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David Berlinski Quotes

20 of the best book quotes from David Berlinski
  1. #1
    “And then, by some inscrutable incandescent insight, Leibniz came to see that what is crucial in what he had written is the alternation between God and Nothingness. And for this, the numbers 0 and 1 suffice.”
  2. #2
    “Darwin’s theory of evolution is the last of the great nineteenth-century mystery religions. And as we speak it is now following Freudians and Marxism into the Nether regions, and I’m quite sure that Freud, Marx and Darwin are commiserating one with the other in the dark dungeon where discarded gods gather.”
  3. #3
    “Is there a narrow and oppressive orthodoxy in the sciences? Close enough. Does anything in the sciences or their philosophy justify the claim that religious belief is irrational? Not even in the ball park. Is scientific atheism a frivolous exercise in intellectual contempt? Dead on.”
  4. #4
    “Within the blink of a cosmic eye, a universe in which all was chaos and void came to include hunches, beliefs, sentiments, raw sensations, pains, emotions, wishes, ideas, images, inferences, the feel of rubber, Schadenfreude, and the taste of banana ice cream.”
  5. #5
    “There are gaps in the fossil graveyard, places where there should be intermediate forms, but where there is nothing whatsoever instead. No paleontologist..denies that this is so. It is simply a fact, Darwin’s theory and the fossil record are in conflict.”
  6. #6
    “Darwinism is not a sufficient condition for a phenomenon like Nazism but I think it’s certainly a necessary one.”
  1. #7
    “Are physicists and biologists willing to believe in anything so long as it is not religious thought? Close enough. Has rationalism and moral thought provided us with an understanding of what is good, what is right, and what is moral? Not close enough. Has secularism in the terrible 20th century been a force for good? Not even close, to being close.”
  2. #8
    “Has anyone provided proof of God’s inexistence? Not even close. Has quantum cosmology explained the emergence of the universe or why it is here? Not even close. Have our sciences explained why our universe seems to be fine-tuned to allow for the existence of life? Not even close. ”
  3. #9
    “While science has nothing of value to say on the great and aching questions of life, death, love, and meaning, what the religious traditions of mankind have said forms a coherent body of thought..”
  4. #10
    “If moral statements are about something, then the universe is not quite as science suggests it is, since physical theories, having said nothing about God, say nothing about right or wrong, good or bad. ”
  5. #11
    “At some time in the history of the universe, there were no human minds, and at some time later, there were.”
  6. #12
    “There is recompense for suffering. A principle beyond selfishness is at work in the cosmos. All will be well. I do not know whether any of this is true. I am certain that the scientific community does not know that it is false.”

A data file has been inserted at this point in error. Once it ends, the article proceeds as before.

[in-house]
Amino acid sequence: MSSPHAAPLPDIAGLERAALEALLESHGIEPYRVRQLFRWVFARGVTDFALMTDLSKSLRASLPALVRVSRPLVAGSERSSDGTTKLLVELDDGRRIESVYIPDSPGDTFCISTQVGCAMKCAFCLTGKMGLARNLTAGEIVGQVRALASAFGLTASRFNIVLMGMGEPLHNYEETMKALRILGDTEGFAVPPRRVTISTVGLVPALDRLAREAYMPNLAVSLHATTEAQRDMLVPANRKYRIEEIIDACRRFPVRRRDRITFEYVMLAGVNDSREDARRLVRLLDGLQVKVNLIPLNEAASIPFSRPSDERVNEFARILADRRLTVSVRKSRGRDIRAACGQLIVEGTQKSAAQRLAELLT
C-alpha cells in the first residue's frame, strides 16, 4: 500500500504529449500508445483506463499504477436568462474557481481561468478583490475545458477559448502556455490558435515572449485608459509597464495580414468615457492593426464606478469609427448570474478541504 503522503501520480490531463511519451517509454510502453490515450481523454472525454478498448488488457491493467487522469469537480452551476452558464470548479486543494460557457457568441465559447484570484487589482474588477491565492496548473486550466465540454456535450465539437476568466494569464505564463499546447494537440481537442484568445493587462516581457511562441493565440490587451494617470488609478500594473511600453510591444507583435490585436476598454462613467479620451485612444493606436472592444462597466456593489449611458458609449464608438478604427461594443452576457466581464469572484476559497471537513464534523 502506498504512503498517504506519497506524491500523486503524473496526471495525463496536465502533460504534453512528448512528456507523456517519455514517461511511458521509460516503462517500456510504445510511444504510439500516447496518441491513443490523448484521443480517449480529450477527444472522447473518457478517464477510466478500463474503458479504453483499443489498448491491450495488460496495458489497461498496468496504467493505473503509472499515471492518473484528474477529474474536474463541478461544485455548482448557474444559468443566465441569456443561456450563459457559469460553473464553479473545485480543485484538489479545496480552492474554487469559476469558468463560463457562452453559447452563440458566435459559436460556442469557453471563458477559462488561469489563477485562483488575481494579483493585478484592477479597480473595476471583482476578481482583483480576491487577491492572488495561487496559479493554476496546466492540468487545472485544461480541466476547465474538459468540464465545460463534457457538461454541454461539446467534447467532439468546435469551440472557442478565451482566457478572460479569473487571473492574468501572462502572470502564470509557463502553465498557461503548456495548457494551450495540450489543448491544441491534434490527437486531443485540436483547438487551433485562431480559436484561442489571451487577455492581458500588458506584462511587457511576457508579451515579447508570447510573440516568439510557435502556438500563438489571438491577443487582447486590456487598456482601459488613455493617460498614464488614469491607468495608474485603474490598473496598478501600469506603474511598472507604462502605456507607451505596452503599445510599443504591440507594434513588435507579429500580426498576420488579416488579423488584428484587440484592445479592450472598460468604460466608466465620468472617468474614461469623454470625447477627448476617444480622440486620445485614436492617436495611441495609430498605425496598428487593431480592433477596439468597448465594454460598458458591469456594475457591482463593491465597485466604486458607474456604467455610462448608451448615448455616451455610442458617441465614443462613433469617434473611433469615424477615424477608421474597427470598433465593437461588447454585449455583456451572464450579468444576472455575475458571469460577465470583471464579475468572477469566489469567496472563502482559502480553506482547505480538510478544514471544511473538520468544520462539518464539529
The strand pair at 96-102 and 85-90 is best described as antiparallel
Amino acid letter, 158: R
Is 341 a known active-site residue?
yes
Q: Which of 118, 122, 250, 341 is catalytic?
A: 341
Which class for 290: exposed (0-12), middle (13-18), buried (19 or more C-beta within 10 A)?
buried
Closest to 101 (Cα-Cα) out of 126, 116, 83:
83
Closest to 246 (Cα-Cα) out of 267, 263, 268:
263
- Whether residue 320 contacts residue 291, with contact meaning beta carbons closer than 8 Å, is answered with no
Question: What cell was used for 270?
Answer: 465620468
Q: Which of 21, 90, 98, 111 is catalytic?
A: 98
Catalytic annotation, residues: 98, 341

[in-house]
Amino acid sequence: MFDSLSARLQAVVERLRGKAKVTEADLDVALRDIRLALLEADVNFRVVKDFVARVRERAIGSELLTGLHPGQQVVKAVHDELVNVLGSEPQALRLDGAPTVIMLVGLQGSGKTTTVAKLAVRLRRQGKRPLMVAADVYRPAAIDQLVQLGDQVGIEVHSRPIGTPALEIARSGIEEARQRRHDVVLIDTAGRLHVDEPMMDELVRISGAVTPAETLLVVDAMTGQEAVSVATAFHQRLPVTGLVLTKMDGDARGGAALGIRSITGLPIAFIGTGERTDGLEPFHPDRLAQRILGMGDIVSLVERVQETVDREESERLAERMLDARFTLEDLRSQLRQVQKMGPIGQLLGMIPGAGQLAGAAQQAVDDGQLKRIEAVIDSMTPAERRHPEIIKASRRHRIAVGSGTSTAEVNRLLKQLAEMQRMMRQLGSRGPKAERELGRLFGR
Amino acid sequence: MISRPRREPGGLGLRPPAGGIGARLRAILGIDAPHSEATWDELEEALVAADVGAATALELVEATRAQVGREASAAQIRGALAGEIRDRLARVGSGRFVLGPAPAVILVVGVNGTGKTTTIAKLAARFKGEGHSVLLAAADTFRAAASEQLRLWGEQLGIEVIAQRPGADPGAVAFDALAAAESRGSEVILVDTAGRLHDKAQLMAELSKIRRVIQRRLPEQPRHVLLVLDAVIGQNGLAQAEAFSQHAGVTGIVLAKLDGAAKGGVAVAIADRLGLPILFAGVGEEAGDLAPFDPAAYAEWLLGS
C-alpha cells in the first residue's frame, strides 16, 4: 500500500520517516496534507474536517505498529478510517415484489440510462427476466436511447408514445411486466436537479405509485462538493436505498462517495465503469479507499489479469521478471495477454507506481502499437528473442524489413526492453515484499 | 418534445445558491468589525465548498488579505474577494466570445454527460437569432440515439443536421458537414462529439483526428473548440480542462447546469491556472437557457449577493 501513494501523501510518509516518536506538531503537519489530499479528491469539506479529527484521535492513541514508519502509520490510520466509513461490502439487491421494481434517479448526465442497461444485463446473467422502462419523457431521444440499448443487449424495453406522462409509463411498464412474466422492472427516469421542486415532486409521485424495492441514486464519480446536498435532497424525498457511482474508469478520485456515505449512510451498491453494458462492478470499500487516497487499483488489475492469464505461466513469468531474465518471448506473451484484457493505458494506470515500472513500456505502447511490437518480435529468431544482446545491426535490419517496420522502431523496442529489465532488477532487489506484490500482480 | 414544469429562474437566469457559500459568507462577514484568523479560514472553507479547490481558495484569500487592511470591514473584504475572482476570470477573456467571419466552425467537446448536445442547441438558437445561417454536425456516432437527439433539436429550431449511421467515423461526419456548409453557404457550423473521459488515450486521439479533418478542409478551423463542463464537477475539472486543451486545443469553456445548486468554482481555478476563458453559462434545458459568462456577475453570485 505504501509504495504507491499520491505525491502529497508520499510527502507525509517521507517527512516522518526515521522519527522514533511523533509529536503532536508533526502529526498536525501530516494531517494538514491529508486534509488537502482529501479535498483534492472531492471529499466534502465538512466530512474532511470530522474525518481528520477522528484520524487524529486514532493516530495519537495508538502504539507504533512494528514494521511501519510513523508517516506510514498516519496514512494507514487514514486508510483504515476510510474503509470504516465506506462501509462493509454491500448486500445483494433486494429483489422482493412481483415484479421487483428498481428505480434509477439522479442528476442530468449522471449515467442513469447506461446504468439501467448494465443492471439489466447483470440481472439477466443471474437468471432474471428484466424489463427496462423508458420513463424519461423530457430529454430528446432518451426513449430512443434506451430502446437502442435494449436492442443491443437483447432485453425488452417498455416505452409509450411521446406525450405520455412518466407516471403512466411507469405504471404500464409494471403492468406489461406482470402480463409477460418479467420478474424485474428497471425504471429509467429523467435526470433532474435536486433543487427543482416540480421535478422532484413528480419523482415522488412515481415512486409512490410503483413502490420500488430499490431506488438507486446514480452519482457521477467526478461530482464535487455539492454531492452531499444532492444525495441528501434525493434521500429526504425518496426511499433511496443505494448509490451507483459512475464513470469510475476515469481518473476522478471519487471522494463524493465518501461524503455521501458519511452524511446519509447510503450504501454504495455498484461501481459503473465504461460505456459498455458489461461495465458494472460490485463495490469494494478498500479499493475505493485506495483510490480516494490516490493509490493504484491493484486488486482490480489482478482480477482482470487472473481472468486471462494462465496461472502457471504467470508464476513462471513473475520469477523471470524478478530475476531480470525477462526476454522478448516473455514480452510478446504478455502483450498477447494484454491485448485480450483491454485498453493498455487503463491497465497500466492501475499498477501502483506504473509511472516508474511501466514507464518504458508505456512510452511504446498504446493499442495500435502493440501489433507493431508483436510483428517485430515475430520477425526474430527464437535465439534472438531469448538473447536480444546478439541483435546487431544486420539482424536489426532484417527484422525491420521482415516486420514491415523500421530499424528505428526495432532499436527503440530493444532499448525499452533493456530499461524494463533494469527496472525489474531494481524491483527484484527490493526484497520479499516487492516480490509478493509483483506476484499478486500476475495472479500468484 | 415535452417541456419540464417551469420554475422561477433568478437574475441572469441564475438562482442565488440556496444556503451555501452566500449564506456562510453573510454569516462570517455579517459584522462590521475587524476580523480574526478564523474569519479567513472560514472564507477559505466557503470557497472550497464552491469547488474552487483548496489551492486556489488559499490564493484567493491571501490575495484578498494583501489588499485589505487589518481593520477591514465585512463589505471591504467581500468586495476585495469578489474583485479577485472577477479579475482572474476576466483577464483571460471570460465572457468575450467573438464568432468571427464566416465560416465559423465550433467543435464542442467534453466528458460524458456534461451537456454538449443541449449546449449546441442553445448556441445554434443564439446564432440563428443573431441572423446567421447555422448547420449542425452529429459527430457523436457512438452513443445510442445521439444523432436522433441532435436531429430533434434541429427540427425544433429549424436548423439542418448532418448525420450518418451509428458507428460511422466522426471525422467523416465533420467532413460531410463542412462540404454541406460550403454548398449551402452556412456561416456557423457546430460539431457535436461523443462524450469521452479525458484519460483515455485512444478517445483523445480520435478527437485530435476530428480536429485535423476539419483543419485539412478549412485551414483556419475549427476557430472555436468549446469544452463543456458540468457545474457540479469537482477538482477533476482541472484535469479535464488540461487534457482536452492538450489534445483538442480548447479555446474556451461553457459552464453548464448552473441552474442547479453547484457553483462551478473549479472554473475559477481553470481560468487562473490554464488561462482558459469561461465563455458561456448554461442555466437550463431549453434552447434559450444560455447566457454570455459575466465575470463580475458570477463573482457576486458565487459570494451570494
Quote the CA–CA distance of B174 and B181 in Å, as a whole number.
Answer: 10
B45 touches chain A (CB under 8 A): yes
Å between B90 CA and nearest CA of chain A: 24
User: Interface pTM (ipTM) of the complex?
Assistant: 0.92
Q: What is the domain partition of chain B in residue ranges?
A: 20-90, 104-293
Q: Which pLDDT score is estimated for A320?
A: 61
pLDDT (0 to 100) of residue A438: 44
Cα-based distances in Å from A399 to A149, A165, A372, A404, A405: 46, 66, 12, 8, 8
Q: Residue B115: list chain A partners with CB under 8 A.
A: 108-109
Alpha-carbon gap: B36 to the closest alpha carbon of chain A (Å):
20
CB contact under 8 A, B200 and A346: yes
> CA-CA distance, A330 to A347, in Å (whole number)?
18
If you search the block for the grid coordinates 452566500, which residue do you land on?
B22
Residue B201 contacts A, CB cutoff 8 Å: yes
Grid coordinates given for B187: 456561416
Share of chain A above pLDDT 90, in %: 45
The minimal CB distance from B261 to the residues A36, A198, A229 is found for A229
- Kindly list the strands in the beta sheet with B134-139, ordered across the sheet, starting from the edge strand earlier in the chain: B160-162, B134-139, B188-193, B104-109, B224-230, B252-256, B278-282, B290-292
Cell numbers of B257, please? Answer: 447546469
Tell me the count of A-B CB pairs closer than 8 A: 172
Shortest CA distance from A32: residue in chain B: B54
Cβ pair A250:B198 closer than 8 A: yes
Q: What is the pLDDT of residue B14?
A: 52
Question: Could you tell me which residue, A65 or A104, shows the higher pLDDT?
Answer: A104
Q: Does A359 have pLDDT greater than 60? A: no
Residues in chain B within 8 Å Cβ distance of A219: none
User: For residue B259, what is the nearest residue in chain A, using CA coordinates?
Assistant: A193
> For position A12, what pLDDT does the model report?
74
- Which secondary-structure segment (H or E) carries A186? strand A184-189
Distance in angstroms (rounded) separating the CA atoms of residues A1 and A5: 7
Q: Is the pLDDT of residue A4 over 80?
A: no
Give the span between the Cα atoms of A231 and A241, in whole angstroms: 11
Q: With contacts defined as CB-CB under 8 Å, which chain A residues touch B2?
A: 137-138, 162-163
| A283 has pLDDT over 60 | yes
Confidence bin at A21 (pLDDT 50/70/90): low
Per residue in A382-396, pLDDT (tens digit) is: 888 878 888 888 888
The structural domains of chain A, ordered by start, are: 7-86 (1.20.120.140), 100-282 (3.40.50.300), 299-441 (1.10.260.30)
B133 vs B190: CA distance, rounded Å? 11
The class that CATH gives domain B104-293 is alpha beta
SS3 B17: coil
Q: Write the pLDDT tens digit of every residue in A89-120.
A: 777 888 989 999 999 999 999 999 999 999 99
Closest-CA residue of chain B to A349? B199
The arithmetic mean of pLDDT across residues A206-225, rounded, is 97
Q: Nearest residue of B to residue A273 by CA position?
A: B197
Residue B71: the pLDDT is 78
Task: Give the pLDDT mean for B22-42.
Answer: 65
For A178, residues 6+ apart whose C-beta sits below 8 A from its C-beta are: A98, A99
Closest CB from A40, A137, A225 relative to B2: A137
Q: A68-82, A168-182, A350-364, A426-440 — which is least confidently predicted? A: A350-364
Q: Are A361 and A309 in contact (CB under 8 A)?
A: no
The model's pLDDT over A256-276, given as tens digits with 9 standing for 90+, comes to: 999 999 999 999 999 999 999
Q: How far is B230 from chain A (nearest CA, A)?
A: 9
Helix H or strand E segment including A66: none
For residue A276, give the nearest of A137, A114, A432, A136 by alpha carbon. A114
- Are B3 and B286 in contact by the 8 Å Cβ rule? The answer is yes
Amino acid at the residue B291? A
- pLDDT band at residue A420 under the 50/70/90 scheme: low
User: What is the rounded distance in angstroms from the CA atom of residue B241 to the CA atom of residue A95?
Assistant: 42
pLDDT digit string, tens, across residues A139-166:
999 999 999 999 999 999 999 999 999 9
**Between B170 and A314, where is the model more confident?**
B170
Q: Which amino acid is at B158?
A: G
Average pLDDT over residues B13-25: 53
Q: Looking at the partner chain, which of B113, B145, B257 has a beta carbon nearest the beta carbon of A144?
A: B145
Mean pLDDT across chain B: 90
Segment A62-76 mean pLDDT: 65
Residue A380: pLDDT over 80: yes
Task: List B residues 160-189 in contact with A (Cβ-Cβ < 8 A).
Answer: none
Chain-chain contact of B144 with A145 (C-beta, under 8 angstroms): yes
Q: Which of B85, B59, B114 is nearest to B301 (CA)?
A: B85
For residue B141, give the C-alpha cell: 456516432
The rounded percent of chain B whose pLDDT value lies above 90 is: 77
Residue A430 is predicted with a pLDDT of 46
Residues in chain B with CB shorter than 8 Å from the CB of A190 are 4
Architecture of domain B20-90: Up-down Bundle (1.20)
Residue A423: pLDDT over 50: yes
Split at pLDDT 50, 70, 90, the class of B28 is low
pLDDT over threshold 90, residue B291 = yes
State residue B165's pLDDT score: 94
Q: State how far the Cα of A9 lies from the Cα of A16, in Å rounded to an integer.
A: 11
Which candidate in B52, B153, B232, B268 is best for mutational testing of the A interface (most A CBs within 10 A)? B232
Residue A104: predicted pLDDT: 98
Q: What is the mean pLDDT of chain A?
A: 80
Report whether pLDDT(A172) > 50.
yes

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Rosie Revere, Engineer book
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The Sea Knows book
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Let's Dive: Into the Ocean book
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Ada Twist, Scientist book
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Marie Curie book
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Over and Under the Pond book
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  1. #13
    “To admit this would force philosophers to confront the possibility that the physical sciences offer a grossly inadequate view of reality. And since philosophers very much wish to think of themselves as scientists, this would offer them an unattractive choice between changing their allegiances or accepting their irrelevance.”
  2. #14
    “Ultimately, Leibniz argued, there are only two absolutely simple concepts, God and Nothingness. From these, all other concepts may be constructed, the world, and everything within it, arising from some primordial argument between the deity and nothing whatsoever.”
  3. #15
    “No distinction in kind rather than degree between ourselves and the chimps? No distinction? Seriously, folks? Here is a simple operational test: the chimpanzees invariably are the one behind the bars of their cages.”
  4. #16
    “More than sixty years ago, mathematical logicians, by defining precisely the concept of an algorithm, gave content to the ancient human idea of an effective calculation. Their definitions led to the creation of the digital computer, an interesting example of thought bending matter to its ends.”
  5. #17
    “Commentators who today talk of ‘The Dark Ages’ when faith instead of reason was said to ruthlessly rule, have for their animadversions only the excuse of perfect ignorance. Both Aquinas’ intellectual gifts and his religious nature were of a kind that is no longer commonly seen in the Western world.”
  6. #18
    “Every computer divides itself into its hardware and its software, the machine host to its algorithm, the human being to his mind. It is hardly surprising that men and women have done what computers now do long before computers could do anything at all.”
  7. #19
    “The dissociation between mind and matter in men and machines is very striking; it suggests that almost any stable and reliable organization of material objects can execute an algorithm and so come to command some form of intelligence.”
  8. #20
    “The desire to see and the desire to ratify what one has seen are desires at odds with one another, if only because they proceed from separate places in the imagination.”
Book Topics › evolution
Children's Books About Evolution